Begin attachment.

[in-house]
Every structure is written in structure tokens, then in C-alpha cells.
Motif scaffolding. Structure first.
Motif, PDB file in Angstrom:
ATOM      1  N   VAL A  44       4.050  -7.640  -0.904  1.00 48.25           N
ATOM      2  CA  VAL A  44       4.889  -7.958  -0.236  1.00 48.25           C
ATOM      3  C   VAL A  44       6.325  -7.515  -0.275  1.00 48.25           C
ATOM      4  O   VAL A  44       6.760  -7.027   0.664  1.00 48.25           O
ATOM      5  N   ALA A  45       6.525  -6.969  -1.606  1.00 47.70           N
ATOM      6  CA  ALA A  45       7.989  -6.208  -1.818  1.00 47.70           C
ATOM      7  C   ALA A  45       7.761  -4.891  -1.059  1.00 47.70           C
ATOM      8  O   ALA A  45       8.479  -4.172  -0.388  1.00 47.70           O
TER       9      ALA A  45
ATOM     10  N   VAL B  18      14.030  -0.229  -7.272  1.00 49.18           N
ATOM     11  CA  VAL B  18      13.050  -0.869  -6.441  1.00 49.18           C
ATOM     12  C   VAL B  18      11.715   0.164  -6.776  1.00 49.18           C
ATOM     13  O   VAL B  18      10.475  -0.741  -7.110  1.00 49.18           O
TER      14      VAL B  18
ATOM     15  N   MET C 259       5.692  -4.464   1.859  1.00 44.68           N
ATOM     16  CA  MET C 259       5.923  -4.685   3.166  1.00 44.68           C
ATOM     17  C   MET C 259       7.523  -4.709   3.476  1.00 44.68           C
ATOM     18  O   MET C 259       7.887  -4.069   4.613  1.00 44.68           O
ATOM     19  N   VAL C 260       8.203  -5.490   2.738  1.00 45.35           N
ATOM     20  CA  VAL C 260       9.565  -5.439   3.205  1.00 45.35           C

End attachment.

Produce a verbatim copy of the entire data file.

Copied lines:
[in-house]
Every structure is written in structure tokens, then in C-alpha cells.
Motif scaffolding. Structure first.
Motif, PDB file in Angstrom:
ATOM      1  N   VAL A  44       4.050  -7.640  -0.904  1.00 48.25           N
ATOM      2  CA  VAL A  44       4.889  -7.958  -0.236  1.00 48.25           C
ATOM      3  C   VAL A  44       6.325  -7.515  -0.275  1.00 48.25           C
ATOM      4  O   VAL A  44       6.760  -7.027   0.664  1.00 48.25           O
ATOM      5  N   ALA A  45       6.525  -6.969  -1.606  1.00 47.70           N
ATOM      6  CA  ALA A  45       7.989  -6.208  -1.818  1.00 47.70           C
ATOM      7  C   ALA A  45       7.761  -4.891  -1.059  1.00 47.70           C
ATOM      8  O   ALA A  45       8.479  -4.172  -0.388  1.00 47.70           O
TER       9      ALA A  45
ATOM     10  N   VAL B  18      14.030  -0.229  -7.272  1.00 49.18           N
ATOM     11  CA  VAL B  18      13.050  -0.869  -6.441  1.00 49.18           C
ATOM     12  C   VAL B  18      11.715   0.164  -6.776  1.00 49.18           C
ATOM     13  O   VAL B  18      10.475  -0.741  -7.110  1.00 49.18           O
TER      14      VAL B  18
ATOM     15  N   MET C 259       5.692  -4.464   1.859  1.00 44.68           N
ATOM     16  CA  MET C 259       5.923  -4.685   3.166  1.00 44.68           C
ATOM     17  C   MET C 259       7.523  -4.709   3.476  1.00 44.68           C
ATOM     18  O   MET C 259       7.887  -4.069   4.613  1.00 44.68           O
ATOM     19  N   VAL C 260       8.203  -5.490   2.738  1.00 45.35           N
ATOM     20  CA  VAL C 260       9.565  -5.439   3.205  1.00 45.35           C